How to propagate: Bromeliad

Just like other flowering plants like the Anthurium, the Bromeliad is a real eye-catcher. And therefore we understand that you would like to propagate this plant.

The difficult part about propagating a Bromeliad? You can only propagate a Bromeliad when it has babies. Is this not the case? Then there’s some good news! A Bromeliad (in most cases) only makes babies when it is going to die. So your Bromelia will last for a while.

Everything you need to know before taking cuttings

Do babies grow next to the mother plant? Water the calyx once a week. Keep this up for 2 to 3 weeks.

The water makes the cutting grow its own roots faster. This will make the cutting grow bigger, stronger and and is more adaptable.

Supplies

  • Bromeliad
  • Scissors or knife
  • Disinfectant
  • Decorative pot with fresh potting soil
  • Optional: cutting powder

Propagating a Bromeliad in 4 steps

Step 1: Disinfect

First clean the knife you are might be using.

Keep the knife under hot water and clean them well. This prevents you from unnecessarily transferring bacteria during the propagation.

Do you happen to have disinfectant or pure alcohol? Disinfect the tools after the hot water. Let's get away with those bacteria and fungi!

Step 2: Dig out the plant

First dig out the Bromelia. Both the mother plant and cutting. It’s best to remove the plant from its pot and remove some potting soil. By digging out the plant and the cutting you’ll reduce damage to the roots, the cutting itself and the mother plant.

You propagate a Bromelia by tearing the plant in parts. You grab the cutting and the mother plant tightly, and carefully pull them away from each other.

If it's not easy to seperate the cutting you can use the knife. With the knife you can cut the cutting from the mother plant. Whatever you do, do it carefully! There are can be roots that connect the cutting with the mother plant.

It is important to separate the roots of the cutting from the mother plant. It is best to use lukewarm running water for this. This loosens the potting soil, so you can easily take the roots apart.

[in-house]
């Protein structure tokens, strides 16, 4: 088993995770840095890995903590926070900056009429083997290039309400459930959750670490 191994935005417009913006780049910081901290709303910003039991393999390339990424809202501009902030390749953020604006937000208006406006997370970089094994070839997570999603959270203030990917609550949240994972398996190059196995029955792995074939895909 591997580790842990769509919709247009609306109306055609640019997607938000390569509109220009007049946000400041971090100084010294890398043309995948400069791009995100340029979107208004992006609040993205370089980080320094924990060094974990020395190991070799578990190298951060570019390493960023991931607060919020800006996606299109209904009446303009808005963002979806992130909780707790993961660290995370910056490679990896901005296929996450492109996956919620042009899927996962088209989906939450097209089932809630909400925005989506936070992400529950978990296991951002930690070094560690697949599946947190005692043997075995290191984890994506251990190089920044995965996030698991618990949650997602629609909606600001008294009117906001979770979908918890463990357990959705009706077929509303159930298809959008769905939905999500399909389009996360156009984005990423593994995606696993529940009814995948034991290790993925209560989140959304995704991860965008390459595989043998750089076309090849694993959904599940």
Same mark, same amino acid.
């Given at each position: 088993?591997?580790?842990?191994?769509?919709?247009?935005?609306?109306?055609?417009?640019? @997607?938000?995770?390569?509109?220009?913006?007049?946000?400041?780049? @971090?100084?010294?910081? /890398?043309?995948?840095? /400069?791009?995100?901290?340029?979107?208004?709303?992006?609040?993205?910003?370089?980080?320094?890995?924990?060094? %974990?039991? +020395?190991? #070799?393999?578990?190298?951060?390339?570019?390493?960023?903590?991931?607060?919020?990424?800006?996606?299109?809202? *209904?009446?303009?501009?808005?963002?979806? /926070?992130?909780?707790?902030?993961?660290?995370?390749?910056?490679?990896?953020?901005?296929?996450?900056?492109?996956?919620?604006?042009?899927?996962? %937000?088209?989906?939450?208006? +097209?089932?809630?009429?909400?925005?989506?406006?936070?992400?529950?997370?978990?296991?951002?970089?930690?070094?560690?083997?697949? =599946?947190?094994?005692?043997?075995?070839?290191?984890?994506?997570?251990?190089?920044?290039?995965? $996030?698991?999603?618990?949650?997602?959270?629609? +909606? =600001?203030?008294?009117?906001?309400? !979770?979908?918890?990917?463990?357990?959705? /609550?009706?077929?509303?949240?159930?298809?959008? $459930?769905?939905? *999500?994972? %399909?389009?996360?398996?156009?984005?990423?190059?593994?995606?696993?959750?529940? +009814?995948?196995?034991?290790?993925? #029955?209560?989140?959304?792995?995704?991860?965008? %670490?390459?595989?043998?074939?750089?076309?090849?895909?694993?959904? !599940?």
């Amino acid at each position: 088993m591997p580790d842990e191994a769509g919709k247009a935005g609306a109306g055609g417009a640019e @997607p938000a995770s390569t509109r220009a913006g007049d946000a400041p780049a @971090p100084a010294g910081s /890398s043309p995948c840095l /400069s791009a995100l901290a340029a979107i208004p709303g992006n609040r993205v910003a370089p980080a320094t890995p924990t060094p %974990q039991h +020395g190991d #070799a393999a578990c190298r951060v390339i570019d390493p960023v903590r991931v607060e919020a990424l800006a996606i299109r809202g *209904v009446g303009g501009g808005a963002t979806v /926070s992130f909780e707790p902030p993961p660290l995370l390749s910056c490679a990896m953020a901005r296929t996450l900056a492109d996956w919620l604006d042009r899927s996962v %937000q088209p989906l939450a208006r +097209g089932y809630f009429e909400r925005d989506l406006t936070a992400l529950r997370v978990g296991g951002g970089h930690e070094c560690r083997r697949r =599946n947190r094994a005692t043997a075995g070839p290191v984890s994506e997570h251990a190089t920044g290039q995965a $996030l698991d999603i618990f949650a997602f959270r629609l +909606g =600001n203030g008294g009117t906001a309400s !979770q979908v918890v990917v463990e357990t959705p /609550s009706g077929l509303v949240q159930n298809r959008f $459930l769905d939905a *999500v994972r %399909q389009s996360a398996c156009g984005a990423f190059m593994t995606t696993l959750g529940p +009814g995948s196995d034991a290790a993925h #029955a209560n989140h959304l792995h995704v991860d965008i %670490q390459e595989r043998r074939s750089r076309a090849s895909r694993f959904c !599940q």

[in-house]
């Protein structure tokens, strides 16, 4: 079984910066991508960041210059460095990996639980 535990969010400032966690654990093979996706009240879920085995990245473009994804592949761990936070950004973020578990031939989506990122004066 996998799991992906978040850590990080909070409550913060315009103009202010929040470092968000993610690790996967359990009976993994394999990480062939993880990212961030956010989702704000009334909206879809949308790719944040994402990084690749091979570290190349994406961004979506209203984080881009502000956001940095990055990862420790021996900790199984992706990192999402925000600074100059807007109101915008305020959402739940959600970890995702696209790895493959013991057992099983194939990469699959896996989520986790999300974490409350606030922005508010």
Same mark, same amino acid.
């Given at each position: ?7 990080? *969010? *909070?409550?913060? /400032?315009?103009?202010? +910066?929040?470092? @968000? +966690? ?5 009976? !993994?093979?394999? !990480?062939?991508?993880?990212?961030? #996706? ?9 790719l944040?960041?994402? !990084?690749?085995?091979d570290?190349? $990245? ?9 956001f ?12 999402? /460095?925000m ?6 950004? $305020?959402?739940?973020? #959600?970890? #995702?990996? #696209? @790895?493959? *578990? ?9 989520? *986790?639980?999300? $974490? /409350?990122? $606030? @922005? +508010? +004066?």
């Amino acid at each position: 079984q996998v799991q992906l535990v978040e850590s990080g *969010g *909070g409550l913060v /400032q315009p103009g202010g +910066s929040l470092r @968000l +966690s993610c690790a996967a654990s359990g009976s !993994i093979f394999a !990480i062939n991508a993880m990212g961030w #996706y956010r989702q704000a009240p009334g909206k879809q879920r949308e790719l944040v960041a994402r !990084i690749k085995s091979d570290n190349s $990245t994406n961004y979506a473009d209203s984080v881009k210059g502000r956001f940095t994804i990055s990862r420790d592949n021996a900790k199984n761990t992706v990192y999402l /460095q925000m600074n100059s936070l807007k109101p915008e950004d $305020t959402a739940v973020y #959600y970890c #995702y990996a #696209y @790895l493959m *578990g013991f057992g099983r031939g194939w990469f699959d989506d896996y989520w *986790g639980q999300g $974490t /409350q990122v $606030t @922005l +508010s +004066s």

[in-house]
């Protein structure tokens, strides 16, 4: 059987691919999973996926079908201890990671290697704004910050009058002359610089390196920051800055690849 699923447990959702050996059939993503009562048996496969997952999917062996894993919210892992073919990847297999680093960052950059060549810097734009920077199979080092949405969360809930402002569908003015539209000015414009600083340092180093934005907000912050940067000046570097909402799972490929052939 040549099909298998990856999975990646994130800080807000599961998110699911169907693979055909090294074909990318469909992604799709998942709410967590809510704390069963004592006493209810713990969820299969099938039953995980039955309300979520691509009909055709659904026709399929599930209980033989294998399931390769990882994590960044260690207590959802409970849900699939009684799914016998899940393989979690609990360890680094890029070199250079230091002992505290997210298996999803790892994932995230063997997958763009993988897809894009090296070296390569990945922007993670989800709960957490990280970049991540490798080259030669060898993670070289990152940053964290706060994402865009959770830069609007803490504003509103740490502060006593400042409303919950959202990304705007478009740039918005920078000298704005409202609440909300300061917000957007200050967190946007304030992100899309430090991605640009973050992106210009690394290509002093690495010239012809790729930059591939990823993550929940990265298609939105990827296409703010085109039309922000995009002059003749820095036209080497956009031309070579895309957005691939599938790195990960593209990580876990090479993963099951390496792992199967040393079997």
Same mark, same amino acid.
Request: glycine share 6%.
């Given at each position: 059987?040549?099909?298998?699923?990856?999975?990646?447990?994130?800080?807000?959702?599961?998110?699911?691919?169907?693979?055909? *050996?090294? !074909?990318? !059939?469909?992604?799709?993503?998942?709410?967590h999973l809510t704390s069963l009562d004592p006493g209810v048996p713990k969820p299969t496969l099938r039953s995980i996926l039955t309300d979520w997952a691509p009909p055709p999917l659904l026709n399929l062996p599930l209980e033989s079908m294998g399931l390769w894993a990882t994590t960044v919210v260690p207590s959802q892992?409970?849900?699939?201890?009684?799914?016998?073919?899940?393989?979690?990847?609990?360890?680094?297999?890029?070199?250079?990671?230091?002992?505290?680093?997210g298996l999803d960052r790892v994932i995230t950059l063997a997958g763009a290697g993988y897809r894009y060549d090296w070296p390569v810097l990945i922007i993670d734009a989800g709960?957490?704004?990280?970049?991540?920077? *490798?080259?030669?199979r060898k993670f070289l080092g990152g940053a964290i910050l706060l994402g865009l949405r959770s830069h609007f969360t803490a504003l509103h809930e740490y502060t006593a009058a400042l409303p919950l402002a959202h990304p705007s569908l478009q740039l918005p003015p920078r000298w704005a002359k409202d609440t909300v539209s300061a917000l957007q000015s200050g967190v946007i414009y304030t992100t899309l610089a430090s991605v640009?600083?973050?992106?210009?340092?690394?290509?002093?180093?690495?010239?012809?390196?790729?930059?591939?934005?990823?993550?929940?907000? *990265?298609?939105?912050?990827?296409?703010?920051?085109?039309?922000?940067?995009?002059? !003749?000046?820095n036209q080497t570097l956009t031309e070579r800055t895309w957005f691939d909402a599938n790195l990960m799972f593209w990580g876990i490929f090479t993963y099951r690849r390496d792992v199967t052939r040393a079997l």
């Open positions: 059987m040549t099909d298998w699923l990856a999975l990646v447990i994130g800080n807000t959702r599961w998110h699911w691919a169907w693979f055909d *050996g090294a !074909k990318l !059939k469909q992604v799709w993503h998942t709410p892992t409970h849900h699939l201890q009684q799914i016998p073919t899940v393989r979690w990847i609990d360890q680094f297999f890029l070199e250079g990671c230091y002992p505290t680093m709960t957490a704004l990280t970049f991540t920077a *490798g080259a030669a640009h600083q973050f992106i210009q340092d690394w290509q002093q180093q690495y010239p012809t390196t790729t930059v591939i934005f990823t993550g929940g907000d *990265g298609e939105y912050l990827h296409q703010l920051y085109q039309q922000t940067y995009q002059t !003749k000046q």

Step 3: Apply cutting powder

Do you happen to have cutting powder at home? Then you can apply the cutting powder to the ‘open wound’ of the cutting. Let the powder dry well!

Don’t have any cutting powder? No problem. You can also easily propagate without. Although the use of cutting powder can stimulate root growth. So it is an interesting option to consider.

Step 4: Taking care of the cutting

Place the cutting in a pot with fresh potting soil. Give a little water immediately after when the cutting is placed in the pot. The water allows the roots to grow faster, making recovery quicker.

Keep the potting soil slightly moist, so that new roots will grow. But, be careful that the plant will not develop root rot. Root rot occurs with plants and cuttings that get more water than they need.

Position the cutting on a spot with a lot of medium light. If you place the cutting directly on the windowsill the leaves can be burned. This is because a cutting is very sensitive just after a propagation.

Good to know: after propagation, the cutting can hang limp. This is not a problem! A cutting has to take care of itself now and that’s quite a big difference. The cutting just needs some time to get used to the new situation.

Shop our Bromeliads

Make a Bromeliad flower

Follow the step-by-step plan below and before you know it, the flowering has started.

  • Place an apple on the calyx one year after the propagation. Use a ripe apple, and make sure it is still intact. No strange dents or cuts! If the apple has an open spot this can cause mold.
  • Place a plastic bag around the plant and apple. The plastic bag should be around for three weeks.
  • Water the plant regularly, and put the plastic bag back.
  • After three weeks you can remove the plastic bag and apple.

Withing 8 to 16 weeks the plant will start to bloom.

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